3
Speaker(s)
Chang, Chia-yi
Topic
21stInternational Pig Veterinary Society (IPVS) Congress / Analysis of antigenicity among various subgroups of E2 glycoprotein of CSFV
Abstract
International pig veterinary society (IPVS) is a prestigious international congress held every two years. The 21st IPVS congress, held in Vancouver, Canada, had included 263 oral presentations and 873 posters on the issues of pig health, production and management, food safety and animal welfare. The theme topics of this meeting were porcine circovirus diseases, porcine reproductive and respiratory syndrome and swine influenza. There was also a technical tour to the diagnostic labs and the level 3 microbiological facility of the Animal Health Center, British Columbia. My oral presentation was on the: Antigenic analysis among various subgroups of E2 glycoprotein of classical swine fever virus (CSFV). Our study displayed the differences in antigenicity of E2 between vaccine and field strains of CSFV by their variable reaction patterns between expressed proteins and monoclonal antibodies. The D/A domains of various CSFVs were relatively conserved, while the B/C domains were responsible for antigen specificity among various CSFVs, in which the disulfide bond and motif 771LLFD774 were essential for maintaining the structural integrity of its conformational recognition. Our study further demonstrated that residues 713E and 729D were critical for antigenic specificity of Taiwan field strain 94.4/IL/94/TWN, while residues 705D and 761K were specific for the LPC/AHRI vaccine strain.
4
Speaker(s)
Huang, Sue-Min                                         CoordinatorTu, Chien
Topic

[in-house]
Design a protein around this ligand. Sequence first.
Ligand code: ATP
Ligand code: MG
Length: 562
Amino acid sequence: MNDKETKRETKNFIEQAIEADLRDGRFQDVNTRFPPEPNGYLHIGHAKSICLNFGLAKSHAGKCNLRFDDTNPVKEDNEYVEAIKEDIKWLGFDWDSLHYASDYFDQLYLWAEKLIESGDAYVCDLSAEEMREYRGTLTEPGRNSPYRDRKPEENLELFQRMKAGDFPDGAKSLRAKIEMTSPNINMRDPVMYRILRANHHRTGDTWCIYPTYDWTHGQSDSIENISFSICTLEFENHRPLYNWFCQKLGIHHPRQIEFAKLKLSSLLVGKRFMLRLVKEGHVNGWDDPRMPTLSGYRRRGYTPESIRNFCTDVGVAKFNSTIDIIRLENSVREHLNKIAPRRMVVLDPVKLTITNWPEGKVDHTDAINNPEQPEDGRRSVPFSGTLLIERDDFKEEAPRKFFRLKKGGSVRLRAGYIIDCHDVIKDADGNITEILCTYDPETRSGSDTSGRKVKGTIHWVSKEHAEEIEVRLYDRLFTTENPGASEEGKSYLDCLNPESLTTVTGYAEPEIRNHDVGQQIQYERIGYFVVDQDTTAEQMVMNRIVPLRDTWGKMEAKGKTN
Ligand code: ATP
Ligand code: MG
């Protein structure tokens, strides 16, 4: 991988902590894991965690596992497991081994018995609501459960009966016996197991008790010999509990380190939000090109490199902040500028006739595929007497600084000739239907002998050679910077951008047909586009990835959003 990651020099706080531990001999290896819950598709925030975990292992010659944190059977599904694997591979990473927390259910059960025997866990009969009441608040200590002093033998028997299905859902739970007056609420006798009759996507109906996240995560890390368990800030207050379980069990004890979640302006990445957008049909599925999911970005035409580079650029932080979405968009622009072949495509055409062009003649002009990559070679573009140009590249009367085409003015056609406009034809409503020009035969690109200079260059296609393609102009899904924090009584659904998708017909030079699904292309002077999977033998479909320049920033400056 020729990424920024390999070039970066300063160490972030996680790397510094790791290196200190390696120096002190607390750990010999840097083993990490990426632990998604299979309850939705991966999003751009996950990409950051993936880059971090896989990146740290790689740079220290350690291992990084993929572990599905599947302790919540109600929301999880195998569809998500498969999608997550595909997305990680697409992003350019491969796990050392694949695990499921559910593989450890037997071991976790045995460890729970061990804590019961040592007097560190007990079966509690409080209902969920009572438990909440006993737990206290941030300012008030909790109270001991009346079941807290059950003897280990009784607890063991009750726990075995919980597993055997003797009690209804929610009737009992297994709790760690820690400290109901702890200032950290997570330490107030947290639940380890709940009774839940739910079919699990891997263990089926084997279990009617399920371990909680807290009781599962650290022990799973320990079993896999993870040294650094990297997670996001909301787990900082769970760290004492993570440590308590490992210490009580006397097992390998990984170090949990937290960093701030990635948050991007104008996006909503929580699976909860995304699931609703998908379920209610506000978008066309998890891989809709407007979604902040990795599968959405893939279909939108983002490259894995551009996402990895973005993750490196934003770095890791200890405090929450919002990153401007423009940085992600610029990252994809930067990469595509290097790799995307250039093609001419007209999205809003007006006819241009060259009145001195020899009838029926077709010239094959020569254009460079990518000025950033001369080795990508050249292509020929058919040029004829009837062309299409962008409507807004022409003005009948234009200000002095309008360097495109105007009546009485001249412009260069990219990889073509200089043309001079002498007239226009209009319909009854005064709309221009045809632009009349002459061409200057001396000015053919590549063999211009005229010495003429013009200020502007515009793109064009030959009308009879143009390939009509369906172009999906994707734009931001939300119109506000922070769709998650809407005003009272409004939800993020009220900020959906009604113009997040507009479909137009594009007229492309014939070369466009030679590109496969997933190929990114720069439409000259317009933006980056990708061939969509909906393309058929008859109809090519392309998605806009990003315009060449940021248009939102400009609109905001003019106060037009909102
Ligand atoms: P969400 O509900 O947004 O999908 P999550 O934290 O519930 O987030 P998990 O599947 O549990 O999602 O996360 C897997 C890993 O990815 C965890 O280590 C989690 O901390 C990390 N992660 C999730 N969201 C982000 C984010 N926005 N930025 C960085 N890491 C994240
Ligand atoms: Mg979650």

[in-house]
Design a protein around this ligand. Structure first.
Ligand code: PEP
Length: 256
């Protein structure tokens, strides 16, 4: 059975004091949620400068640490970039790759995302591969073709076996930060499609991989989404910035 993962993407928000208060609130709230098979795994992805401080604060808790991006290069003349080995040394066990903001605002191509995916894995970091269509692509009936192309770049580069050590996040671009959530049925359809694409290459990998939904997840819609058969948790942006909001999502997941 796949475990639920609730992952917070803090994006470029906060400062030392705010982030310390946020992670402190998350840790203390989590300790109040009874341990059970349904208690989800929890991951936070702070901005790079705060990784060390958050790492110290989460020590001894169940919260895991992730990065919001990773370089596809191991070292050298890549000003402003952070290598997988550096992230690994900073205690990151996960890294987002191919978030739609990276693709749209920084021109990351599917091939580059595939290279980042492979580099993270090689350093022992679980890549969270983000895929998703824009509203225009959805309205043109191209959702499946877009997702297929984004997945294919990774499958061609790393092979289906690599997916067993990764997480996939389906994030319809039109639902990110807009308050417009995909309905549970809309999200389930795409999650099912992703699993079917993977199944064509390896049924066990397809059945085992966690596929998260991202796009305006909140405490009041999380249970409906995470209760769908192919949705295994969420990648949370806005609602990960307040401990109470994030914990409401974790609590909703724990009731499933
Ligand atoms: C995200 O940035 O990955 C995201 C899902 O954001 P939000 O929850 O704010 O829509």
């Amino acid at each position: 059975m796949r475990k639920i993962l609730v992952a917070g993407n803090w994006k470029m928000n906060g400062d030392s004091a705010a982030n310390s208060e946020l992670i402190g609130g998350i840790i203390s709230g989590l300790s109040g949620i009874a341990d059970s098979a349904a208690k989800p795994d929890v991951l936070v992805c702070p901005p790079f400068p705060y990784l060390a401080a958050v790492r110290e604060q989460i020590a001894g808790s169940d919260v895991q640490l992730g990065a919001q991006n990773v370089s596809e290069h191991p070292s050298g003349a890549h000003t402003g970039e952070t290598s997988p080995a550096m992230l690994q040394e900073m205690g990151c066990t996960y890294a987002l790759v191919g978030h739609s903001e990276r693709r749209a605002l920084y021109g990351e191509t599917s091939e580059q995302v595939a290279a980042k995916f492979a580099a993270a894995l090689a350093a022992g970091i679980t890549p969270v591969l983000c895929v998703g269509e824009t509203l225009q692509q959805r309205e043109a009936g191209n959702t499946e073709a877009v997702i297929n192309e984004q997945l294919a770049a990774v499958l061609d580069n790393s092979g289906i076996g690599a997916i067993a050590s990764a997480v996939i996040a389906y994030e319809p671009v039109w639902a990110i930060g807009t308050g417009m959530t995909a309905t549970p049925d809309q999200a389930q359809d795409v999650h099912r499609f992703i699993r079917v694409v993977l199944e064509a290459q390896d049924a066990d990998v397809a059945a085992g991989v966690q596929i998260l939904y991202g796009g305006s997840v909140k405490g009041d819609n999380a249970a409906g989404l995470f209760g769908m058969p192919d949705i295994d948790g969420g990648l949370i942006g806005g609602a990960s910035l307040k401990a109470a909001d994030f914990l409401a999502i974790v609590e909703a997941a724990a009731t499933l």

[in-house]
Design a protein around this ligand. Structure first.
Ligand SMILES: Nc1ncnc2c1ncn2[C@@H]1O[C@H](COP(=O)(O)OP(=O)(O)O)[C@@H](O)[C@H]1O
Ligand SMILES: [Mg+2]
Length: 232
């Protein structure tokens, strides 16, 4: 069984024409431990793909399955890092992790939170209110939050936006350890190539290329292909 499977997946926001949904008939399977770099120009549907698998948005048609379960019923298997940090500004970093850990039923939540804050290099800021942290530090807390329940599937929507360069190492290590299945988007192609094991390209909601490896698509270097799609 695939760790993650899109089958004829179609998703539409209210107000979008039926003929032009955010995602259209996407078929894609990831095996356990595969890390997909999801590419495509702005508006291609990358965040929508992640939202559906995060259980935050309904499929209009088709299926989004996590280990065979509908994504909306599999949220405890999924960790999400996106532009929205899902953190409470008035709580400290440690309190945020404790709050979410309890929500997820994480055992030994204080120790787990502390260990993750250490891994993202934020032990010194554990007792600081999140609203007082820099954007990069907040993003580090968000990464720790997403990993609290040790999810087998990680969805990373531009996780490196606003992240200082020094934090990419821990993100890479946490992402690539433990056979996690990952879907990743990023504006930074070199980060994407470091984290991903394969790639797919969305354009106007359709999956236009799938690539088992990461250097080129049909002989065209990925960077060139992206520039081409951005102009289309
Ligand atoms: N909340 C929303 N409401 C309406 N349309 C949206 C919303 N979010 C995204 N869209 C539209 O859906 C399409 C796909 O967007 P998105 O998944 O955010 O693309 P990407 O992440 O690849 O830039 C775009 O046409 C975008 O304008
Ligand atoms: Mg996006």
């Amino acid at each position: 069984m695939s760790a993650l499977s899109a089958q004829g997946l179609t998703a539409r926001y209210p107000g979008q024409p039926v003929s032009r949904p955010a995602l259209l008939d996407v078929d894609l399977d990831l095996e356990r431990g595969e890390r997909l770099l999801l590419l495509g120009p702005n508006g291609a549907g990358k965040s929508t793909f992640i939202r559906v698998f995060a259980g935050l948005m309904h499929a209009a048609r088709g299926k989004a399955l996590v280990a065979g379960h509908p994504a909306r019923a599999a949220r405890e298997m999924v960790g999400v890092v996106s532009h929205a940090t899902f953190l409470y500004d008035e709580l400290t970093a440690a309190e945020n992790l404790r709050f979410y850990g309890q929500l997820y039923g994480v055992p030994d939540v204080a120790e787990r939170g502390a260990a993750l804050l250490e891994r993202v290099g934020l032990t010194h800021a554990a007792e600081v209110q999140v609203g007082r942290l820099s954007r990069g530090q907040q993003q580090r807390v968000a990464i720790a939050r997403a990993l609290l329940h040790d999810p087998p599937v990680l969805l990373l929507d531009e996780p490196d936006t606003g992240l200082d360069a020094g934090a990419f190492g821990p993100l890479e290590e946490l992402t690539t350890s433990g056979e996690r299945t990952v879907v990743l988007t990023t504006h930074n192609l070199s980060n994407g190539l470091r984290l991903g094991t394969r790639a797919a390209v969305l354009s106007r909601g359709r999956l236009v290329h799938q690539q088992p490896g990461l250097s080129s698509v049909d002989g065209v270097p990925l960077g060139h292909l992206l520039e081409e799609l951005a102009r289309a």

Results analysis of inactivated grouper iridovirus vaccine in field trial
Abstract
The objective of the present study was to performed field trials for an inactivated iridovirus vaccine for grouper(Epinephelus coioides) and king grouper (Epinephelus lanceolatus). We chose about 2.5-inch in sizes, health fish and immunized them with aninactivated vaccine against grouper iridovirus (GIV) by intraperitoneally route, and then boostered at 14 day post immunizaion. After immunized 3 and 6 months later, we captured the fishes from the field and evaluated the metabolic analysis and efficacy of the vaccine. In addition, we calculated the mortalities, injection safety, growth conditions and weight gains between the vaccinated and control groups. The preliminary results showed: a trial product was recommended to apply in the fish with body weight greater than 10 g the injection procedures,anesthesia and recovery conditions all need professional training and pre-assessments. The benefit analysis of clinical usage showed: in the king grouper farm, the survival rates was 100 both invaccinated and control groups, but the weight gain in vaccinated group was significantly (p0.001) greater than that in the control fish. Additionally, at 11 months post immunization, the survival rates in the vaccinated group and control group of the grouper farm were 74.6 and 50, respectively. Under laboratory condition, the vaccine efficacy wasdetermined as validated in both grouper and king grouper farms at 3 months post immunization. The efficacy was not evaluated at 6 months postimmunization because the control group fish survived in the highest-dose challenge(109TCID50/mL ). These results suggested that the inactivated vaccine against GIV was effective in the 2 field trial.